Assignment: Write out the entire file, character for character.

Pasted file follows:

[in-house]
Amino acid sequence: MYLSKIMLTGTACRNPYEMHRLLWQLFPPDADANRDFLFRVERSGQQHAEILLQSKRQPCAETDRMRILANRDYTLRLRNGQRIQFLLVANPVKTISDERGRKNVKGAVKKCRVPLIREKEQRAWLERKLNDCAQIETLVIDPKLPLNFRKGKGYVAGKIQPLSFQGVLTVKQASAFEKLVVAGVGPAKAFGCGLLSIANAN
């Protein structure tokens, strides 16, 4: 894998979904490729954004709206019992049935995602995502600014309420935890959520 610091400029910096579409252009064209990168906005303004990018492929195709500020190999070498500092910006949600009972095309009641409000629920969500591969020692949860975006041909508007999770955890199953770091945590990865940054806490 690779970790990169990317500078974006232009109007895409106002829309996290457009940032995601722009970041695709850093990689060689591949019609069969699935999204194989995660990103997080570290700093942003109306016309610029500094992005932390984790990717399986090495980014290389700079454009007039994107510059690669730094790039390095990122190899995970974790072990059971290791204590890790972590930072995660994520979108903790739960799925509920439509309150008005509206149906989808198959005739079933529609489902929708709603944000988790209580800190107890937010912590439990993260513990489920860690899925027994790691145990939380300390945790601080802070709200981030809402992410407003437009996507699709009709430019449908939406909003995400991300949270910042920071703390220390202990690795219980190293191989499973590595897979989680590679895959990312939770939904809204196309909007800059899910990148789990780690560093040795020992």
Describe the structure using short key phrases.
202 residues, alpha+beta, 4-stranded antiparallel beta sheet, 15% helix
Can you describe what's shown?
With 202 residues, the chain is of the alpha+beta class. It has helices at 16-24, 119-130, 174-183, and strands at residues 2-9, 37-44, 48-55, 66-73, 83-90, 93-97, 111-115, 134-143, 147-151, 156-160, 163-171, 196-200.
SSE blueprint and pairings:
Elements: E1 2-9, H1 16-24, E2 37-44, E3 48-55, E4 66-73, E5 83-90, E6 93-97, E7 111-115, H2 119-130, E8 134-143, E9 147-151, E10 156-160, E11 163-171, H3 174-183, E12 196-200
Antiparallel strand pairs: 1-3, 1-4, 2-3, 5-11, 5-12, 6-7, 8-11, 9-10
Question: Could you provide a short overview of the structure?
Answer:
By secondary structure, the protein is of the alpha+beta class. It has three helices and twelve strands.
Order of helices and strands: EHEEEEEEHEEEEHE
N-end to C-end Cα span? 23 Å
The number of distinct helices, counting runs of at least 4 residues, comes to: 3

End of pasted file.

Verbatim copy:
[in-house]
Amino acid sequence: MYLSKIMLTGTACRNPYEMHRLLWQLFPPDADANRDFLFRVERSGQQHAEILLQSKRQPCAETDRMRILANRDYTLRLRNGQRIQFLLVANPVKTISDERGRKNVKGAVKKCRVPLIREKEQRAWLERKLNDCAQIETLVIDPKLPLNFRKGKGYVAGKIQPLSFQGVLTVKQASAFEKLVVAGVGPAKAFGCGLLSIANAN
């Protein structure tokens, strides 16, 4: 894998979904490729954004709206019992049935995602995502600014309420935890959520 610091400029910096579409252009064209990168906005303004990018492929195709500020190999070498500092910006949600009972095309009641409000629920969500591969020692949860975006041909508007999770955890199953770091945590990865940054806490 690779970790990169990317500078974006232009109007895409106002829309996290457009940032995601722009970041695709850093990689060689591949019609069969699935999204194989995660990103997080570290700093942003109306016309610029500094992005932390984790990717399986090495980014290389700079454009007039994107510059690669730094790039390095990122190899995970974790072990059971290791204590890790972590930072995660994520979108903790739960799925509920439509309150008005509206149906989808198959005739079933529609489902929708709603944000988790209580800190107890937010912590439990993260513990489920860690899925027994790691145990939380300390945790601080802070709200981030809402992410407003437009996507699709009709430019449908939406909003995400991300949270910042920071703390220390202990690795219980190293191989499973590595897979989680590679895959990312939770939904809204196309909007800059899910990148789990780690560093040795020992």
Describe the structure using short key phrases.
202 residues, alpha+beta, 4-stranded antiparallel beta sheet, 15% helix
Can you describe what's shown?
With 202 residues, the chain is of the alpha+beta class. It has helices at 16-24, 119-130, 174-183, and strands at residues 2-9, 37-44, 48-55, 66-73, 83-90, 93-97, 111-115, 134-143, 147-151, 156-160, 163-171, 196-200.
SSE blueprint and pairings:
Elements: E1 2-9, H1 16-24, E2 37-44, E3 48-55, E4 66-73, E5 83-90, E6 93-97, E7 111-115, H2 119-130, E8 134-143, E9 147-151, E10 156-160, E11 163-171, H3 174-183, E12 196-200
Antiparallel strand pairs: 1-3, 1-4, 2-3, 5-11, 5-12, 6-7, 8-11, 9-10
Question: Could you provide a short overview of the structure?
Answer:
By secondary structure, the protein is of the alpha+beta class. It has three helices and twelve strands.
Order of helices and strands: EHEEEEEEHEEEEHE
N-end to C-end Cα span? 23 Å
The number of distinct helices, counting runs of at least 4 residues, comes to: 3